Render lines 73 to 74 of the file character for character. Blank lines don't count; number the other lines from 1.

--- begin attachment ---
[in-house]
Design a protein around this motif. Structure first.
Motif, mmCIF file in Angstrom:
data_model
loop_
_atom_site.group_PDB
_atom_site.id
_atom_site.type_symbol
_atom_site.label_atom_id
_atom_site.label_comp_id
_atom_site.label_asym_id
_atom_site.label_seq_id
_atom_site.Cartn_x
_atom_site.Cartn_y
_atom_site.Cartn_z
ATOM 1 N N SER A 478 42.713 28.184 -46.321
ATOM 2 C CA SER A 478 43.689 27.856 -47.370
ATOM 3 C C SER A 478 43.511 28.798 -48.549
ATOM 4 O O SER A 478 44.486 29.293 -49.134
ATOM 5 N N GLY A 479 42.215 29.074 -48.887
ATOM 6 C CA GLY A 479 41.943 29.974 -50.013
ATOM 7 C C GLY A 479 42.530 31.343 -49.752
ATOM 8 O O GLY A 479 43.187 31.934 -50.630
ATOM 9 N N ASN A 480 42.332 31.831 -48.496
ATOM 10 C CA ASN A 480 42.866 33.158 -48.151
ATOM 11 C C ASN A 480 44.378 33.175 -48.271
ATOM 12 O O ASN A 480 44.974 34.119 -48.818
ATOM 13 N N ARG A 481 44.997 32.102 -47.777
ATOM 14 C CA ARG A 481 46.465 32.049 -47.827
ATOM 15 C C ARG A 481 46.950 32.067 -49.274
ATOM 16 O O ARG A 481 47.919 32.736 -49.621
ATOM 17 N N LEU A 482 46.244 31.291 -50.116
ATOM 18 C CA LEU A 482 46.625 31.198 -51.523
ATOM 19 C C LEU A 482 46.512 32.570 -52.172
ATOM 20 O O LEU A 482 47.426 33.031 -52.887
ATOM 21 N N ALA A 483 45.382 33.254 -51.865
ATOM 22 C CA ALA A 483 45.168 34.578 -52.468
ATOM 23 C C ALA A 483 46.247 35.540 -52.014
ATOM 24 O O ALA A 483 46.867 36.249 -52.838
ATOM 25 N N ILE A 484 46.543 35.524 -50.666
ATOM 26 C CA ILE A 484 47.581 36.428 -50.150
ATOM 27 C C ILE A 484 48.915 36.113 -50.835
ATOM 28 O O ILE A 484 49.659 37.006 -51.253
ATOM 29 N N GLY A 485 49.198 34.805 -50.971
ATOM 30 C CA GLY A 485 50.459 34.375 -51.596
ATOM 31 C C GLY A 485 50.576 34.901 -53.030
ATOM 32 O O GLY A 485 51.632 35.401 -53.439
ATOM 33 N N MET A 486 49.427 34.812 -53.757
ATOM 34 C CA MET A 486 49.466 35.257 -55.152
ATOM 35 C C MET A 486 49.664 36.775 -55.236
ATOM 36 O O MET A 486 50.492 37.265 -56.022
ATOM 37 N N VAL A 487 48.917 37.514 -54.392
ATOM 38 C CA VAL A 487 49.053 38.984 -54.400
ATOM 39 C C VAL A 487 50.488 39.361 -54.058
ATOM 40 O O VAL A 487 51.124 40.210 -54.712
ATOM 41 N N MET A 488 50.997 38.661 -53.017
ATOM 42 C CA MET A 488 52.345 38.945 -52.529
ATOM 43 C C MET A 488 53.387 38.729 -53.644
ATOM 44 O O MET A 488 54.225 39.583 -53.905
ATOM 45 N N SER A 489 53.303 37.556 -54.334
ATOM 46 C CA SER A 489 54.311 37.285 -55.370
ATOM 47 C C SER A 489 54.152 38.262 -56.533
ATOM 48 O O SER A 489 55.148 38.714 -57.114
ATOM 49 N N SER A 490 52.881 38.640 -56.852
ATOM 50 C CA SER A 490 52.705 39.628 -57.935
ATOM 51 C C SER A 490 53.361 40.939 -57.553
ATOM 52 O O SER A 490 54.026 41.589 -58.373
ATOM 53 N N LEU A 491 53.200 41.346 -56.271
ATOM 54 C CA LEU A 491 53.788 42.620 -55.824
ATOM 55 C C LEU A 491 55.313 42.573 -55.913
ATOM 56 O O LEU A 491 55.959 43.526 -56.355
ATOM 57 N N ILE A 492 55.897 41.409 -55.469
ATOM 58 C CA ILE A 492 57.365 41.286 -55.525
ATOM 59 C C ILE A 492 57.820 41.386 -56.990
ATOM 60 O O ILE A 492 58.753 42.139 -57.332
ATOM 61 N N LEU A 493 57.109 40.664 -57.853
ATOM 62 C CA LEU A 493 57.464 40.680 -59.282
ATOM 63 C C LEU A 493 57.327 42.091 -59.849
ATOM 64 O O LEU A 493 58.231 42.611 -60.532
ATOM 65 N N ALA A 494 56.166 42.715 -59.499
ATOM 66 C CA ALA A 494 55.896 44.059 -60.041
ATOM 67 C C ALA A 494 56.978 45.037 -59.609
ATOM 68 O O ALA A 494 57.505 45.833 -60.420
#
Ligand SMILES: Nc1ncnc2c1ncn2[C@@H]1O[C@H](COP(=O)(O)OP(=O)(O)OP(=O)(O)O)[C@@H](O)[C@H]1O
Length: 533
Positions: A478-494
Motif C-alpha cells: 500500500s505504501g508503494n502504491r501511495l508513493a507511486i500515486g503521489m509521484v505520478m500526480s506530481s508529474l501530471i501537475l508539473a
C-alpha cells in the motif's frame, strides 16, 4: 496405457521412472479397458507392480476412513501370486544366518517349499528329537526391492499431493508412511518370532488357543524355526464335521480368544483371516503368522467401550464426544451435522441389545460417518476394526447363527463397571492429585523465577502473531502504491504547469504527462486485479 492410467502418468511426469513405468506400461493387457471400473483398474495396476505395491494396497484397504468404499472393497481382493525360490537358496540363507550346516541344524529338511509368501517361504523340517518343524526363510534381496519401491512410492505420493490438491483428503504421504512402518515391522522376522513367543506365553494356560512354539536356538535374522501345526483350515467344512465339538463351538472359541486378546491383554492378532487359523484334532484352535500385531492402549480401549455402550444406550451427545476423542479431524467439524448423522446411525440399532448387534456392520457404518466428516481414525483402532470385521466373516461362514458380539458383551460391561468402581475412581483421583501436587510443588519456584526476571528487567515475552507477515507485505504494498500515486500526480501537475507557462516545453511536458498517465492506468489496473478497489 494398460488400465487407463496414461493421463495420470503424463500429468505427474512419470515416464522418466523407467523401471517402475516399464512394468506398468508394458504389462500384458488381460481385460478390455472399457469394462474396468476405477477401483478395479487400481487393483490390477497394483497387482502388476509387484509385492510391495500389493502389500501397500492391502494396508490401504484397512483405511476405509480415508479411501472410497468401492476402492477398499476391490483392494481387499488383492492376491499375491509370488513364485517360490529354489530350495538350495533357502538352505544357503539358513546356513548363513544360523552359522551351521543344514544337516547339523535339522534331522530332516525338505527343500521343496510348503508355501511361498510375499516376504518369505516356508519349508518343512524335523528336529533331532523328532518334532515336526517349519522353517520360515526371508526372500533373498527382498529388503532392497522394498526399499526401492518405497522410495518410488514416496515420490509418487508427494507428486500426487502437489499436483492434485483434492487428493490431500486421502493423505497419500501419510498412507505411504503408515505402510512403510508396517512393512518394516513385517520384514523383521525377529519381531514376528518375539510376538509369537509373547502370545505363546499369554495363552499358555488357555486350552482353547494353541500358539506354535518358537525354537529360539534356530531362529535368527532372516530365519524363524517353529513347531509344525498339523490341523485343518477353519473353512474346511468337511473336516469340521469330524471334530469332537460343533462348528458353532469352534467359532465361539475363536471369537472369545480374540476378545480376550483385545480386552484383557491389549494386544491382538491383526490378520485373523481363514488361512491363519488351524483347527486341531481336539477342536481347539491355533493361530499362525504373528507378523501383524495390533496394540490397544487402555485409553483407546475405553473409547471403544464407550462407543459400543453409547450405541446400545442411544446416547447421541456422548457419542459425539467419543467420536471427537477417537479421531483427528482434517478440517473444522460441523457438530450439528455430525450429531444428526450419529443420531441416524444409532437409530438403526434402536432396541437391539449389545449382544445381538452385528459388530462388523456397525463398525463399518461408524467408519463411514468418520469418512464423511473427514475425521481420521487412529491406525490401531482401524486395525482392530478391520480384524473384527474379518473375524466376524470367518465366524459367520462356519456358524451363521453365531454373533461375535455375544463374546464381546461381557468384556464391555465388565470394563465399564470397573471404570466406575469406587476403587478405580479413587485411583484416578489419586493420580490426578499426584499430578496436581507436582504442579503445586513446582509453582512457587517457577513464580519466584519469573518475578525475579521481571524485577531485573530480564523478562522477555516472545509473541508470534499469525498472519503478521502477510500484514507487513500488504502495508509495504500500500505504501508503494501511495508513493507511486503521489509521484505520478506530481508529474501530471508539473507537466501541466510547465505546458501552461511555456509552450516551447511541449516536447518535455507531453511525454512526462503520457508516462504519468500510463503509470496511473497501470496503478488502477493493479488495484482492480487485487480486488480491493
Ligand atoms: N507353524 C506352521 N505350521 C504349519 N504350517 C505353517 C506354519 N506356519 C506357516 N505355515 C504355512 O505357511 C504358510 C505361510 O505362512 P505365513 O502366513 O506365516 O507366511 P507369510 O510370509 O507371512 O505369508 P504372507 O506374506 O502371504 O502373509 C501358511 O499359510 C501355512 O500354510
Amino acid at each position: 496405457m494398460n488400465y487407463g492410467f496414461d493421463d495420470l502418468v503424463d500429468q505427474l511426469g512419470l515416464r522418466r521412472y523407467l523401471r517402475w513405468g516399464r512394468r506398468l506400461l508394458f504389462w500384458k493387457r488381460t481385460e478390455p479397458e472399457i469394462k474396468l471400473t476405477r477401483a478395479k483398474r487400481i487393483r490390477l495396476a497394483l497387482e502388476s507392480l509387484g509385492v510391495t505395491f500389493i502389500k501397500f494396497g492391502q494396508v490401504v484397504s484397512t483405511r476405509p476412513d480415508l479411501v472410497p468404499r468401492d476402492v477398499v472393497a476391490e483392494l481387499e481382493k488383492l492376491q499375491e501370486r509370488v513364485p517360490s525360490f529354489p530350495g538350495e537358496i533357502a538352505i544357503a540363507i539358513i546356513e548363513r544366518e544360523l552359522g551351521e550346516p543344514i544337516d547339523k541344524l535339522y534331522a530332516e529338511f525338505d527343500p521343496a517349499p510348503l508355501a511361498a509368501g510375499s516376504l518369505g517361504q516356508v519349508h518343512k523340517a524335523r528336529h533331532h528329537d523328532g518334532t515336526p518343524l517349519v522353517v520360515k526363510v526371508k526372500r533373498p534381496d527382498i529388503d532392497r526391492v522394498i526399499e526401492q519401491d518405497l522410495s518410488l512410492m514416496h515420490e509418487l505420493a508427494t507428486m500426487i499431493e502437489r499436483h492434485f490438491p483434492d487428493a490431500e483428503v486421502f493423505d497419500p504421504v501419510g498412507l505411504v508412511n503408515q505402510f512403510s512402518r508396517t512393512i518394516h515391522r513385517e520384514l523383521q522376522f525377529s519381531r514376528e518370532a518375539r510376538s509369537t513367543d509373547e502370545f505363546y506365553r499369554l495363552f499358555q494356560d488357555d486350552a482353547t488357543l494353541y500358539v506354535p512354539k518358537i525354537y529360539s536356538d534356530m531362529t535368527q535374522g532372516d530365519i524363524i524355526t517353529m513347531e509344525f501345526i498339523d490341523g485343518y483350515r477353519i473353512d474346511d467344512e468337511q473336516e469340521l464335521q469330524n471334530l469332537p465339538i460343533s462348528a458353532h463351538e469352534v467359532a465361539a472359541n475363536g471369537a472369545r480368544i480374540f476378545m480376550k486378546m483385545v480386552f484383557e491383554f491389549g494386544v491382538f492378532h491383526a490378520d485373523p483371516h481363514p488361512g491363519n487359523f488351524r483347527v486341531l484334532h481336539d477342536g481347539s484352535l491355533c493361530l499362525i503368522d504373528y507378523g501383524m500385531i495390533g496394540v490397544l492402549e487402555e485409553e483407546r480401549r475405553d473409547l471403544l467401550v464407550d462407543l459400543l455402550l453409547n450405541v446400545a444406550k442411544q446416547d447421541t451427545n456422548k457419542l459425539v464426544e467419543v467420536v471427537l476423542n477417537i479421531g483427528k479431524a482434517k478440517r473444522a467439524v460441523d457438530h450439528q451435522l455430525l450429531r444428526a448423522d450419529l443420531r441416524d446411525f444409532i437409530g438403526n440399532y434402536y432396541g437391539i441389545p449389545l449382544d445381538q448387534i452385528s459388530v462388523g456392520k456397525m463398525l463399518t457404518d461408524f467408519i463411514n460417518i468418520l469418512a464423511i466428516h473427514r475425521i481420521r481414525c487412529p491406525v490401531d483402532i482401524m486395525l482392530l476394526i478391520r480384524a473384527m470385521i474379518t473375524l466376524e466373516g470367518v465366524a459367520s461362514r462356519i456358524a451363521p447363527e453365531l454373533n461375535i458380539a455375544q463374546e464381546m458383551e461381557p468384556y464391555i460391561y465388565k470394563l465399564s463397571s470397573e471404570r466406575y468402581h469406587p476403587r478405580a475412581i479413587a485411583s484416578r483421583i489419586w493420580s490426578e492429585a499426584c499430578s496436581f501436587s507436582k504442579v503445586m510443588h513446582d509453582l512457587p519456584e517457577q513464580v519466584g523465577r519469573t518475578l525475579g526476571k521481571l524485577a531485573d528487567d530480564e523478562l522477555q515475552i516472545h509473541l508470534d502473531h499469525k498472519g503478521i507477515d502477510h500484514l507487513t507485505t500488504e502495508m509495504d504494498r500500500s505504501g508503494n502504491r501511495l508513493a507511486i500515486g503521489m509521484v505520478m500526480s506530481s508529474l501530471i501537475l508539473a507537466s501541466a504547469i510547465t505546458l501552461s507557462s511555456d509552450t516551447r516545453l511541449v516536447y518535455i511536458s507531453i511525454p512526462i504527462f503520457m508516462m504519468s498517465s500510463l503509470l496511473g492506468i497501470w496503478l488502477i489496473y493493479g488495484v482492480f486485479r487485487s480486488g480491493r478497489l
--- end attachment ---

ATOM 58 C CA ILE A 492 57.365 41.286 -55.525
ATOM 59 C C ILE A 492 57.820 41.386 -56.990